Cost of Tuition and Then Some
College students in debt due to high tuition
Published: Monday, December 9, 2013
Updated: Monday, December 9, 2013 14:12
It is the elephant in the room regarding college education—student debt.
According to a study on varsitytutor.com, 66 percent, or every 2 in 3 college students, will leave school with some form of debt.
Among them, approximately 60 percent will have outstanding loans equivalent to their annual income. USA Today says that college graduates are on average holding $26,500 in student loan debt.
A recent press release by Consumer Reports stated the accumulated amount of student debt has reached a total of over 1 trillion dollars.
Such high costs now bring up the question: Is a college education worth the investment?
Jim Gale, a professor of Agribusiness and Applied Economics at NDSU, said he believes in the importance and benefits of receiving a college degree.
“The extra earning power will more than cover the debt a person has,” Gale said. “On the other hand, the immediate effect is that you have much less discretionary income because you have to service that loan…but lifetime earnings are going to cover that.”
For some, it may take longer to pay off loans than others. Rebecca Opp, a sophomore majoring in English education, said she understands that.
“I’m aware that loans are going to affect financial standing,” Opp said. “There are some things I will have to wait for after college. I may not be able to own my own house as soon as I would like.”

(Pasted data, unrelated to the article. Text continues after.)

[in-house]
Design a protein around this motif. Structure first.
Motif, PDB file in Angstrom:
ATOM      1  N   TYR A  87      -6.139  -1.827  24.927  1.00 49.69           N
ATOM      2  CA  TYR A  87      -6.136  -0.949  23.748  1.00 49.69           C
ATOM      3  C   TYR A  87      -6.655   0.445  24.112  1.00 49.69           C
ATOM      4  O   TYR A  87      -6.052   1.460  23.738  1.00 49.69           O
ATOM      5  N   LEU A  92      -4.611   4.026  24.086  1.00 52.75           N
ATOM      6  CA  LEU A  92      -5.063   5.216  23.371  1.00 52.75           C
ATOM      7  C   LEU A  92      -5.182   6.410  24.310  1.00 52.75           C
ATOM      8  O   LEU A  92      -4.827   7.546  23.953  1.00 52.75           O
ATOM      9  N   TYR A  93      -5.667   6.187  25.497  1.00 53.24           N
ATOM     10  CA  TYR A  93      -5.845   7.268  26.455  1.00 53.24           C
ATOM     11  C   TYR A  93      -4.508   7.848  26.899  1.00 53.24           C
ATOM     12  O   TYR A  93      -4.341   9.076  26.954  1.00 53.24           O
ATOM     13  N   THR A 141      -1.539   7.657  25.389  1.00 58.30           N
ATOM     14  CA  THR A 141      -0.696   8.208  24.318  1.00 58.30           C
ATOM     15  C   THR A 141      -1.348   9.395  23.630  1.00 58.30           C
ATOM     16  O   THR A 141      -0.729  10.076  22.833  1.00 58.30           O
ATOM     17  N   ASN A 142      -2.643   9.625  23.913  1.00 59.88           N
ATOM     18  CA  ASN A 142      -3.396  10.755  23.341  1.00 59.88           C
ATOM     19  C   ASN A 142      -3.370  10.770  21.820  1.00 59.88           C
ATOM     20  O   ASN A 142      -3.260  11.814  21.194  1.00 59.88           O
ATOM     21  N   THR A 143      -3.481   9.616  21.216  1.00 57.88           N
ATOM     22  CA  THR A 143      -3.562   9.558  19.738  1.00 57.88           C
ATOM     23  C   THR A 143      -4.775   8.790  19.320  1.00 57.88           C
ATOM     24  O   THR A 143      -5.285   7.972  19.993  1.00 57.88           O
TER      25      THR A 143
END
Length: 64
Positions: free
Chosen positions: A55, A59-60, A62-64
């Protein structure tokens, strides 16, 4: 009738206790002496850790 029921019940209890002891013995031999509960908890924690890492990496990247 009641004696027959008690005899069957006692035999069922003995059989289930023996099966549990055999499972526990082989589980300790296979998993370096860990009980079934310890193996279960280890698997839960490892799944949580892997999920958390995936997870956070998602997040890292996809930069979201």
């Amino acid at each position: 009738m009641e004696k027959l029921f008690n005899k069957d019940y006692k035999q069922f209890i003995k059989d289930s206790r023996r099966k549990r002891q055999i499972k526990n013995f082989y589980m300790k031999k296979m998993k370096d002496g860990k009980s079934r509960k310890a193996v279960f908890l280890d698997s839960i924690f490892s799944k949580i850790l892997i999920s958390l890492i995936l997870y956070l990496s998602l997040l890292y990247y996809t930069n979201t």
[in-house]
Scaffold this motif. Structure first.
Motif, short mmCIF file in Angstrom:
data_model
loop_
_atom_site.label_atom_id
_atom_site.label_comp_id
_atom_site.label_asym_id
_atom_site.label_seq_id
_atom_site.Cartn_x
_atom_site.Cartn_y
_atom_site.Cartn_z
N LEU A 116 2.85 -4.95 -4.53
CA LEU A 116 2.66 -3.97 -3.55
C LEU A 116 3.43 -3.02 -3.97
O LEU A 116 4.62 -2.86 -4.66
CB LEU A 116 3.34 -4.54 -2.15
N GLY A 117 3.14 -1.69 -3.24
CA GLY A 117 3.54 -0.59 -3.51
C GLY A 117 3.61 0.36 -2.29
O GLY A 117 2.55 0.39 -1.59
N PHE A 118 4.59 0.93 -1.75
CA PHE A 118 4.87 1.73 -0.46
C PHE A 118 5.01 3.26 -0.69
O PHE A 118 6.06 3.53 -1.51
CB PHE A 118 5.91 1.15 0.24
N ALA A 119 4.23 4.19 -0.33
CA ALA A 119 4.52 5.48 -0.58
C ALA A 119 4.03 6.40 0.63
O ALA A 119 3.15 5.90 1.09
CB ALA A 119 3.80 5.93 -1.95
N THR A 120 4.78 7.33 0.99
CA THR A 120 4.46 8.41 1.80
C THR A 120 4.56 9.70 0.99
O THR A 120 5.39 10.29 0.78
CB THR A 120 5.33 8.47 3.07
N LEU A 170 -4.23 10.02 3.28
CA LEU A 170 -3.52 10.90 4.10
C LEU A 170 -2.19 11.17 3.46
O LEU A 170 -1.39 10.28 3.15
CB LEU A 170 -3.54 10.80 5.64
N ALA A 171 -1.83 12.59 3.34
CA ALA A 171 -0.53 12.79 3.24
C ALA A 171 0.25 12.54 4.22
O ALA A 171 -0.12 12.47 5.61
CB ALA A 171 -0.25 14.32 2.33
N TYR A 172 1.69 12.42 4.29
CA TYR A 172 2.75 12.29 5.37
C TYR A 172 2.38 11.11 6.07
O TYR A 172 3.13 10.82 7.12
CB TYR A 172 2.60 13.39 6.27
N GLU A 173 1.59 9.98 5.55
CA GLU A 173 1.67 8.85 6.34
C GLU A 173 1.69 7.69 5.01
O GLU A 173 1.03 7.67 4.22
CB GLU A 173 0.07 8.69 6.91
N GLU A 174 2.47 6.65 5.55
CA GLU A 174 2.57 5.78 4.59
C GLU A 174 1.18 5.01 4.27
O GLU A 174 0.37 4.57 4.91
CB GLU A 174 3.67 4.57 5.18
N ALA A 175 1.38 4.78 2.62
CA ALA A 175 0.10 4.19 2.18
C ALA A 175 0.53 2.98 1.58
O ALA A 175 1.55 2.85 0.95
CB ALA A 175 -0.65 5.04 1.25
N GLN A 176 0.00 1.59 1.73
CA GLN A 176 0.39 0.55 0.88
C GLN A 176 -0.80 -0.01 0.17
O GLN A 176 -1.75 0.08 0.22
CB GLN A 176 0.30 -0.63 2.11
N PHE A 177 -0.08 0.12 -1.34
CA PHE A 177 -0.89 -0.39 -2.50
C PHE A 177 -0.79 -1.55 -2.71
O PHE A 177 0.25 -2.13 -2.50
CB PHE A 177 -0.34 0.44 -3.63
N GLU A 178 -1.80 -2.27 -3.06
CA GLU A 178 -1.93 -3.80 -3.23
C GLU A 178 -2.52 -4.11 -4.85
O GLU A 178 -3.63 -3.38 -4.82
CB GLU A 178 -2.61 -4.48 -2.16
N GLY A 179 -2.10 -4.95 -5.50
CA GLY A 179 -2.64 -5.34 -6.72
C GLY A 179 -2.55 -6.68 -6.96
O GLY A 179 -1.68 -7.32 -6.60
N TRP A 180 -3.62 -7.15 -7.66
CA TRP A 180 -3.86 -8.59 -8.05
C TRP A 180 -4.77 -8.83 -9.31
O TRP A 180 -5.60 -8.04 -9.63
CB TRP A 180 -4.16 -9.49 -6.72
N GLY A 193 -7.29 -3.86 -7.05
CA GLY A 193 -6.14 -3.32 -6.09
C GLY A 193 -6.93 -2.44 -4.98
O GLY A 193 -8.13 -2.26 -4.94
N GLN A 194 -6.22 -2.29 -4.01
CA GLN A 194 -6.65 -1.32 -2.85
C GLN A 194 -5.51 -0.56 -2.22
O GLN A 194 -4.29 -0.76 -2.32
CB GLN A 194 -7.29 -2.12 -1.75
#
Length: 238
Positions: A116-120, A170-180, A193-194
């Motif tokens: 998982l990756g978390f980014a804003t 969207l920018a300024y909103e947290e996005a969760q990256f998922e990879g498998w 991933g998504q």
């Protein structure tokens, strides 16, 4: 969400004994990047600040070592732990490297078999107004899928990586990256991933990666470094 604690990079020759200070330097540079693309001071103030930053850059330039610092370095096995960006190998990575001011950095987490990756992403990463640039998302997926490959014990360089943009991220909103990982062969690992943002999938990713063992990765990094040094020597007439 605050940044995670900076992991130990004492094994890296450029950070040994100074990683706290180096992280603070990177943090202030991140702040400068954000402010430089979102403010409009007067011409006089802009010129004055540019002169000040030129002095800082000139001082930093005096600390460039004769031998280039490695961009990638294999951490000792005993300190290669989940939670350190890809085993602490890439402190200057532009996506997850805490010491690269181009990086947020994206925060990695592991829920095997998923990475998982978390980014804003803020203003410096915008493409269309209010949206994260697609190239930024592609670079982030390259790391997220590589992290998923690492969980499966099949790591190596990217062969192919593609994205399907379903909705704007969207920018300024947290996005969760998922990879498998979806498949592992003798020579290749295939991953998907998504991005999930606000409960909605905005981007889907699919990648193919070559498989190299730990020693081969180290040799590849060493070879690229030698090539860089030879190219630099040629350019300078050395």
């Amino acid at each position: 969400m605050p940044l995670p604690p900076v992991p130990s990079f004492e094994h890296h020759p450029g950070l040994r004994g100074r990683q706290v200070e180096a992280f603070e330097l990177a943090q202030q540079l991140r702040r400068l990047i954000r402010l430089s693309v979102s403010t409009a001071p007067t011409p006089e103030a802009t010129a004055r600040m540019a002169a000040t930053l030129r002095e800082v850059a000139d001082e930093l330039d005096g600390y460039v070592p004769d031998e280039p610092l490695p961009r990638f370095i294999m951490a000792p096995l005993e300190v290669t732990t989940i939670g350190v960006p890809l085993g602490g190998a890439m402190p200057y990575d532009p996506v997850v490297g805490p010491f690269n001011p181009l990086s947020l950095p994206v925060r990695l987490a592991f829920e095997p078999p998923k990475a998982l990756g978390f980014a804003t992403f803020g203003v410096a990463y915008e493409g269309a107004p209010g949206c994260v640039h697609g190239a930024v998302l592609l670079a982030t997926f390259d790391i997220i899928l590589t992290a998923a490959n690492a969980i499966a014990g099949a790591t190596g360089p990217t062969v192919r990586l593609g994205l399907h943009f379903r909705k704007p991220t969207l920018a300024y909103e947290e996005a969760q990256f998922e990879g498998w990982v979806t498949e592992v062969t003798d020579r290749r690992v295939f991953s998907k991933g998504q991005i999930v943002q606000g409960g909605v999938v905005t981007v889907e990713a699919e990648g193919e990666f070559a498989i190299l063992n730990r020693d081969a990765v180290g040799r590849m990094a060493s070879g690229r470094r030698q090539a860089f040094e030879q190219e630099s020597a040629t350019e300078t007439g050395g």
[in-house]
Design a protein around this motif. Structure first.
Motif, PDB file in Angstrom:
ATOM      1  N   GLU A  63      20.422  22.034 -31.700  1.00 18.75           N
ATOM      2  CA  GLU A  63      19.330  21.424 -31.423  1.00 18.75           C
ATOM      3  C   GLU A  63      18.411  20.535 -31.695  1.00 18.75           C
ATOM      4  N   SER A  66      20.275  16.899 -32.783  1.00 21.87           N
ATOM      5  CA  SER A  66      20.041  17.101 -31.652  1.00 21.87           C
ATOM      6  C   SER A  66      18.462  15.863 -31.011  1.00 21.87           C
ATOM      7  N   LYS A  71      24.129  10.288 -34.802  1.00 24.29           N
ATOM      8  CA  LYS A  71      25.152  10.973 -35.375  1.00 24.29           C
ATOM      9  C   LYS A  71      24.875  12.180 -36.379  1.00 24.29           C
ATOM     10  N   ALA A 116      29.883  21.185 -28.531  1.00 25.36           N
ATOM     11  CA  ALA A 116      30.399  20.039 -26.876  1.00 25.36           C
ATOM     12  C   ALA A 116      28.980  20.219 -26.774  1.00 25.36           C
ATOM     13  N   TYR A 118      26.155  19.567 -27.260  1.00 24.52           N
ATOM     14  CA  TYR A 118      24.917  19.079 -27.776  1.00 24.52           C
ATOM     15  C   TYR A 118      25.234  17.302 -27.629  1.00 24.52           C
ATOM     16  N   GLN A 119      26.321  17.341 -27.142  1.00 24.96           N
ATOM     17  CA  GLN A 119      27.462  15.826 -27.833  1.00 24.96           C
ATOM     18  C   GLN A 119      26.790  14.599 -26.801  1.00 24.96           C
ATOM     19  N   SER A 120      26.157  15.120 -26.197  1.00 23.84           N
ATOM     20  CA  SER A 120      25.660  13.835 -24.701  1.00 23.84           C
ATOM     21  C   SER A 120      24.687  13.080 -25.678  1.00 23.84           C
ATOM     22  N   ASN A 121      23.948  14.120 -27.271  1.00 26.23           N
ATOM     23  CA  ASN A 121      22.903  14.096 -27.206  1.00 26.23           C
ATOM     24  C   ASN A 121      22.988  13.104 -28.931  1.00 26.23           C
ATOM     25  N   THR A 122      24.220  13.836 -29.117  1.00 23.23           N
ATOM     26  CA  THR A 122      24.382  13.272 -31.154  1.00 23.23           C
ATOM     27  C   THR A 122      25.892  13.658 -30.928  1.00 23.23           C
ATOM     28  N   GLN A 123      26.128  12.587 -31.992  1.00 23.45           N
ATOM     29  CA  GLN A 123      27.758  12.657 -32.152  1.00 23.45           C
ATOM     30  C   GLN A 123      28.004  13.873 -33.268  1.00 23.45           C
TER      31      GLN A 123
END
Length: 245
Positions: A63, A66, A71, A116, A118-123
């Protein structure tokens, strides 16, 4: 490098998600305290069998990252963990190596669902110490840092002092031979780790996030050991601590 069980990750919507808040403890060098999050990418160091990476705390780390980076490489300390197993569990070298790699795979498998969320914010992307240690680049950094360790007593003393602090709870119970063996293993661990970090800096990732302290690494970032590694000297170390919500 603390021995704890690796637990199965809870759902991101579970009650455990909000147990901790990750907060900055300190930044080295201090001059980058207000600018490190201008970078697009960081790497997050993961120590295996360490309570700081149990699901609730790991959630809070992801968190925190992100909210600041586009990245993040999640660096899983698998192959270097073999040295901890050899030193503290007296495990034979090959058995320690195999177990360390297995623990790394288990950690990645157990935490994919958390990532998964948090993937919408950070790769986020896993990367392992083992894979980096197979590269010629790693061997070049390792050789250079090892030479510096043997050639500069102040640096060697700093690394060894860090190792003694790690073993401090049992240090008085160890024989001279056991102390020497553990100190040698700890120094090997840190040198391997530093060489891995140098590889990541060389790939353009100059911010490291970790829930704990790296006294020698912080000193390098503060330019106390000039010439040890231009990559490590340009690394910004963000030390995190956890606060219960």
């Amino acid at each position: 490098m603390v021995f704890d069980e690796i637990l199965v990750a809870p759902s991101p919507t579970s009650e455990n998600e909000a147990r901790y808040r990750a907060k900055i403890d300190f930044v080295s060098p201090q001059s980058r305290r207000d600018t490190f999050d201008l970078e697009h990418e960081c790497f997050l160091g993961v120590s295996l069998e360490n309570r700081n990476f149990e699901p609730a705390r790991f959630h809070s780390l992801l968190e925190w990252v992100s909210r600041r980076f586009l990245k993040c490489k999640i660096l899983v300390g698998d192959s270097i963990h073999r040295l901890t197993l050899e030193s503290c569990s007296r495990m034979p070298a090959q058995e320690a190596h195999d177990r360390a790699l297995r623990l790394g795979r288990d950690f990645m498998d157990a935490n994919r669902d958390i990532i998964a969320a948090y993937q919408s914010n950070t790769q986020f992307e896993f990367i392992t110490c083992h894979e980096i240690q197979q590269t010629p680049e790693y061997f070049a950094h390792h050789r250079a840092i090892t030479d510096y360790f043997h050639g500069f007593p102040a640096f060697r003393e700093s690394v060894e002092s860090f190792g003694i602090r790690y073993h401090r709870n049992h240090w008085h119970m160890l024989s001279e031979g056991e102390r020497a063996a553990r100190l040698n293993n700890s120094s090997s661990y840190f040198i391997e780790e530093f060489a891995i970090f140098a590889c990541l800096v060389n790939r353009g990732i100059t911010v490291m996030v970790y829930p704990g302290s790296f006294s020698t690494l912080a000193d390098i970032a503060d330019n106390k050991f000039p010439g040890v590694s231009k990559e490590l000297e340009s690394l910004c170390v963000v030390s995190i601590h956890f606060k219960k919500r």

Students looking into furthering their education at college have different options. There are private colleges that tend to be more expensive in contrast with less expensive state and public schools. Taking costs into account as a student is a very important step when considering future loan payments.
“Students make choices,” Gale said. “You can go to a private school and really rack up a lot of debt. Or you can go to schools that are not so costly and keep that debt down. There are options that people have and ways to prevent being so deep in loans.”
Other options some students seek can be attending a two-year community college to help save money. Some take a year off to save and think about what they want to pursue as a career. Despite methods to cut costs, the price of post-secondary education continues to rise.
“(The) rate of increase in tuition price is faster than the rate of inflation, so the real cost is indeed going up,” Gale said.
To help remedy this problem the Department of Education has been looking for solutions that can counteract the high costs students face.
“By equipping counselors and mentors with financial aid information, we can help to ensure current and potential students are getting the assistance they need to successfully navigate the process of planning and paying for a postsecondary education,” U.S. Secretary of Education Arne Duncan said in a press release. “This toolkit builds on the administration’s ongoing efforts to improve college access and affordability.”
The Department of Education continues to work on making student financial aid accessible in order to help make college affordable.
For many, college is a time of sacrifice. Some students work part-time jobs to try and pay for living expenses and chip away at their student loans knowing that, in the long run, the payoff will be greater than the short-term cost.
“I am working about 30 hours a week while also maintaining a full class schedule,” Opp said. “It is stressful, but I have a plan in place, and I am hopeful for the future.”